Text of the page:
Rabbatts suggests the code of conduct drawn up by the FA for England players at the height of the John Terry case could offer a template for clubs. She also recognises that the FA, as the game’s governing body, has a role to play.

“I understand it was strange for the man in the street. The FA did put out a statement early on saying it had no locus in terms of whether a player can or can’t play for a club. But in those moments, should the FA – with others – at least have a perspective that everyone is clear about? I think that’s what we’re trying to get to now.”

While the Professional Footballers’ Association highlighted its responsibility to Evans in speaking out forcefully for his right to re-employment, Rabbatts says another side of its work – educating young players at club academies – should provide further food for thought in the game. “Footballers and the world they live in is peculiarly closeted. I think they need to have the insight to understand how to best protect themselves.

“These are young guys who can be earning, even in the lower leagues, significant money compared to their peers,” she says, drawing on her experience running Millwall. “I think we will all go back and reflect on how better we can support education. Ultimately what you want is prevention.”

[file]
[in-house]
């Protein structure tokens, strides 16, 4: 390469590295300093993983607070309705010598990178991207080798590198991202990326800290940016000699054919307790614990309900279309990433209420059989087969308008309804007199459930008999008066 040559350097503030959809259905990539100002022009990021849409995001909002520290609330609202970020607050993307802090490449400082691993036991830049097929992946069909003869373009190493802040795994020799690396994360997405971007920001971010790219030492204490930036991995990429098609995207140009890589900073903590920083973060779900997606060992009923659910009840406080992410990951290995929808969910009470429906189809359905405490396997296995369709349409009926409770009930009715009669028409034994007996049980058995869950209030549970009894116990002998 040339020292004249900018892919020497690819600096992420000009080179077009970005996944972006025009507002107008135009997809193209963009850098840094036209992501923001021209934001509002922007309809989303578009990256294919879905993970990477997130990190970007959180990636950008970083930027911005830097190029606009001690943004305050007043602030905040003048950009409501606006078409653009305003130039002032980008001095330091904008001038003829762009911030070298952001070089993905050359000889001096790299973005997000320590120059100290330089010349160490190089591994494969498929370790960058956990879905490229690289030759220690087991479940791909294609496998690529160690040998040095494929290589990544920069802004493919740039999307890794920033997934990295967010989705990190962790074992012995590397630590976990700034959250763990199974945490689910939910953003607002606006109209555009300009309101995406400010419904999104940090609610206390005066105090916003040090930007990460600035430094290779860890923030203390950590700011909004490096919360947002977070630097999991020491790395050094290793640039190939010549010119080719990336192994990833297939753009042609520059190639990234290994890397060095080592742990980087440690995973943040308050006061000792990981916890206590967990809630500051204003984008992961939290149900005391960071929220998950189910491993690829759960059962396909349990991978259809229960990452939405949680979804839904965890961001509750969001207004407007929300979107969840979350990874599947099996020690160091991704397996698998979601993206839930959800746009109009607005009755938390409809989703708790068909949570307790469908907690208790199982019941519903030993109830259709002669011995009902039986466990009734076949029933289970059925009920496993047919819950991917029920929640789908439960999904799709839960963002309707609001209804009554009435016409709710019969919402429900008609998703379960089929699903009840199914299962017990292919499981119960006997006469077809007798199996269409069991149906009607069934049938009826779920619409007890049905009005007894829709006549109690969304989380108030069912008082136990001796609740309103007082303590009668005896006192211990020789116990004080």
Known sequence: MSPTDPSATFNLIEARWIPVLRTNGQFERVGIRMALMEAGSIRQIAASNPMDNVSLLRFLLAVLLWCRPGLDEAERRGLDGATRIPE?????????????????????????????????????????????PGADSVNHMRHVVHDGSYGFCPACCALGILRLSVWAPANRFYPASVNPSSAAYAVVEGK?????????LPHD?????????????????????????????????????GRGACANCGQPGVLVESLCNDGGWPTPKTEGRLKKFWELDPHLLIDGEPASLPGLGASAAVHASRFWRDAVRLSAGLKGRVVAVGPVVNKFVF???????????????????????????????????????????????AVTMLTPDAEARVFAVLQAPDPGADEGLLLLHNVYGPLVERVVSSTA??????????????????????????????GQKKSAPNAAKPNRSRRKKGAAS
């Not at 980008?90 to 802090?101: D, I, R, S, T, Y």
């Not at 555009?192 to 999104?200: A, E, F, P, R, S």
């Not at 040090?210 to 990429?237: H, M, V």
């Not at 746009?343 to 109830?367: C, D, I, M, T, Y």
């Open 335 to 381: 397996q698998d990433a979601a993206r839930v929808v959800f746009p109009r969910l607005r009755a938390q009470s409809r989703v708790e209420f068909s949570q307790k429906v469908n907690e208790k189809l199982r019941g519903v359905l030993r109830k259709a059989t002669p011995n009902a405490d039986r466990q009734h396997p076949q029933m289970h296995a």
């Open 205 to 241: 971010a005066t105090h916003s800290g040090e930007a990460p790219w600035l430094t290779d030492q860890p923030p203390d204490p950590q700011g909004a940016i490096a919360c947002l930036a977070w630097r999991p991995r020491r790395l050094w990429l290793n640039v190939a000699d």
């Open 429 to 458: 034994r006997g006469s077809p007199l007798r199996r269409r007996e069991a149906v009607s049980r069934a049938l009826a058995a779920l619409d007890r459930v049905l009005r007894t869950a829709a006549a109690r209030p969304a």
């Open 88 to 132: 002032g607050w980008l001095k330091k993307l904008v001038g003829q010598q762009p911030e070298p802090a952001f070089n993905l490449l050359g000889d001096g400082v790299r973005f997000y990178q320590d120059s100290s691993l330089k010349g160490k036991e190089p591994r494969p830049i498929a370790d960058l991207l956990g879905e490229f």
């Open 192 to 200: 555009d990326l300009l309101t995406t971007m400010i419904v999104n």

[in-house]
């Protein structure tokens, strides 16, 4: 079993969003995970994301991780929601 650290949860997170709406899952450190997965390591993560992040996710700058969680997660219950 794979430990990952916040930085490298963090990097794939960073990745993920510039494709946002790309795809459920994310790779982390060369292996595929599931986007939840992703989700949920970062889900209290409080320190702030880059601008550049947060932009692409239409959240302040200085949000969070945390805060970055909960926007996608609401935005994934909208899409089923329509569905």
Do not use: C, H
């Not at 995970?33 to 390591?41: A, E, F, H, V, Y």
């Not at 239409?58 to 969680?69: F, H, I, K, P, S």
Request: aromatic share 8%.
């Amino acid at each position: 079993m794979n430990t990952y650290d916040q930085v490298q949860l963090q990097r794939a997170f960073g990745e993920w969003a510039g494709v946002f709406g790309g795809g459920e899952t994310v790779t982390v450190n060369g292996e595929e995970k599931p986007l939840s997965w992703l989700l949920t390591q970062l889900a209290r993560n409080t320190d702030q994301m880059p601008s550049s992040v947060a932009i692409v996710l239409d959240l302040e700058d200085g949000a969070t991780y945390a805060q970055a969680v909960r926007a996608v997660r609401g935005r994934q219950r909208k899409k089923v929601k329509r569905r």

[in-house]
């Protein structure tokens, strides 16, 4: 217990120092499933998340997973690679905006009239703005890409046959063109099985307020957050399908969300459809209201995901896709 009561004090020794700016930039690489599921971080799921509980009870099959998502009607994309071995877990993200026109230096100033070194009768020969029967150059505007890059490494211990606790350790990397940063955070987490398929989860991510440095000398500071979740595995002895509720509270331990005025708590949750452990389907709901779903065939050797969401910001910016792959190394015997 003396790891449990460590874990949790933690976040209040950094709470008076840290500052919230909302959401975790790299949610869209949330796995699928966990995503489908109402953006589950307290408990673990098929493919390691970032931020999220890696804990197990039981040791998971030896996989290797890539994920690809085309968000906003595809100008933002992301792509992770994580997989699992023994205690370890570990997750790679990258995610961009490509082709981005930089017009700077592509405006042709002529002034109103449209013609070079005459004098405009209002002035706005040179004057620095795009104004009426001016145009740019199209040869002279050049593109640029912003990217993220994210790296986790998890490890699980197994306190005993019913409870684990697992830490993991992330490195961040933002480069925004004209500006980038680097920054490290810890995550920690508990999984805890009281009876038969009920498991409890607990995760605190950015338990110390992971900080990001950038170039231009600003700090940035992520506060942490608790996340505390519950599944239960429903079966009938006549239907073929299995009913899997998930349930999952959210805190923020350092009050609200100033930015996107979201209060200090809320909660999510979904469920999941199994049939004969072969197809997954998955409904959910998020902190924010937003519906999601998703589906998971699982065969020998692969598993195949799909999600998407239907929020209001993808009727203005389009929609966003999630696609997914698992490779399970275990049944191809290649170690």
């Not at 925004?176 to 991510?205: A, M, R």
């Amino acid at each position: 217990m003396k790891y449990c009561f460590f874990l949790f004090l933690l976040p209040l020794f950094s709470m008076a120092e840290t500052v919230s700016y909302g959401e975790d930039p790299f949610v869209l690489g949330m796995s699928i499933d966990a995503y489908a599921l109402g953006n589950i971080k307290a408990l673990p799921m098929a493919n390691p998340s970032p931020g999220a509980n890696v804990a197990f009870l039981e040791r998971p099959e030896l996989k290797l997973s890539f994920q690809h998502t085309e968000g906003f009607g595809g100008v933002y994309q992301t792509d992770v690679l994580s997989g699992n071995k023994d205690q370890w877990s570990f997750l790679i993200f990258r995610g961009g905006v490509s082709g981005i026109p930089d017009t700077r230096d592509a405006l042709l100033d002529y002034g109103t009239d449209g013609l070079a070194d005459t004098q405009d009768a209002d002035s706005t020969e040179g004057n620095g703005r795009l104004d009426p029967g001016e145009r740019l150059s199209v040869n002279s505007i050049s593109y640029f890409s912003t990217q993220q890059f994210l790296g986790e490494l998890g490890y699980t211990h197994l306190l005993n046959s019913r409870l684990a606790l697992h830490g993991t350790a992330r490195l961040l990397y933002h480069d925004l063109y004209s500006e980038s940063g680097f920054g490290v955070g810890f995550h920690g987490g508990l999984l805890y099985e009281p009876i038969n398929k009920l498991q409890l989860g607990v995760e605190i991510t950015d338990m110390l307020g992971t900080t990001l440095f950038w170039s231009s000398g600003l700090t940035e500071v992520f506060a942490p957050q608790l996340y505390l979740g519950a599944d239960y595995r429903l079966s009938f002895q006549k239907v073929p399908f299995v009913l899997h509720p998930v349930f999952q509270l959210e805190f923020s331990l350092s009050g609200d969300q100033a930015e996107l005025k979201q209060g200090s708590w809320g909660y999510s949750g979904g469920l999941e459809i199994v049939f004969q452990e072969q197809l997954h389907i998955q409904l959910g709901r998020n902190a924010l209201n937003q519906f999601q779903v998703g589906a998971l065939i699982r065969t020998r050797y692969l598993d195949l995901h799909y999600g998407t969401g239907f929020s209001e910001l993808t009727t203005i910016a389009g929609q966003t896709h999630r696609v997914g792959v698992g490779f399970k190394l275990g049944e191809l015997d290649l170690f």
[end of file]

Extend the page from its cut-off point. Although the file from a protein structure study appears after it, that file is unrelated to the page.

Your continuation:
Rabbatts, who has also worked in senior executive roles in local government and broadcasting, insists the game as a whole has made progress on diversity since she was appointed to the FA board in 2011. That has partly been a function of the fact that, as she notes ruefully, the “equality and diversity” issues that once may have been relegated to “any other business” at the end of a board meeting have assumed centre stage with depressing regularity.

“Everybody realises we have to step up but in terms of the report we’re publishing my sense is that for the first time, beyond the words, there has been a step up in commitment from everybody. We have got to grapple with these issues and there’s a real danger to everyone in football if we don’t. To that extent there’s collective commitment and energy to start to make a difference.”

Key priorities named in the new report include a vaguely Orwellian promise to continue to roll out the FA’s “mandatory education” programmes for those who have breached regulations – the Wigan Athletic chairman, Dave Whelan, will be one beneficiary – and the Premier League’s pledge to expand “unconscious bias” schemes.

There are also a raft of proposals aimed at boosting equality among executives, coaches, administrators and backroom staff. But the proposals will not go far enough for some frustrated by years of inaction. In words once used by Kick It Out’s chairman, Lord Ouseley, to describe its stance during the Terry and Luis Suárez affairs, there is a perception that the FA has a natural tendency to disappear from view when difficult issues emerge.

Too often these major controversies have highlighted outdated attitudes across the game. Many expected Greg Dyke, the FA chairman who famously called the BBC “hideously white”, to be more outspoken on equality issues.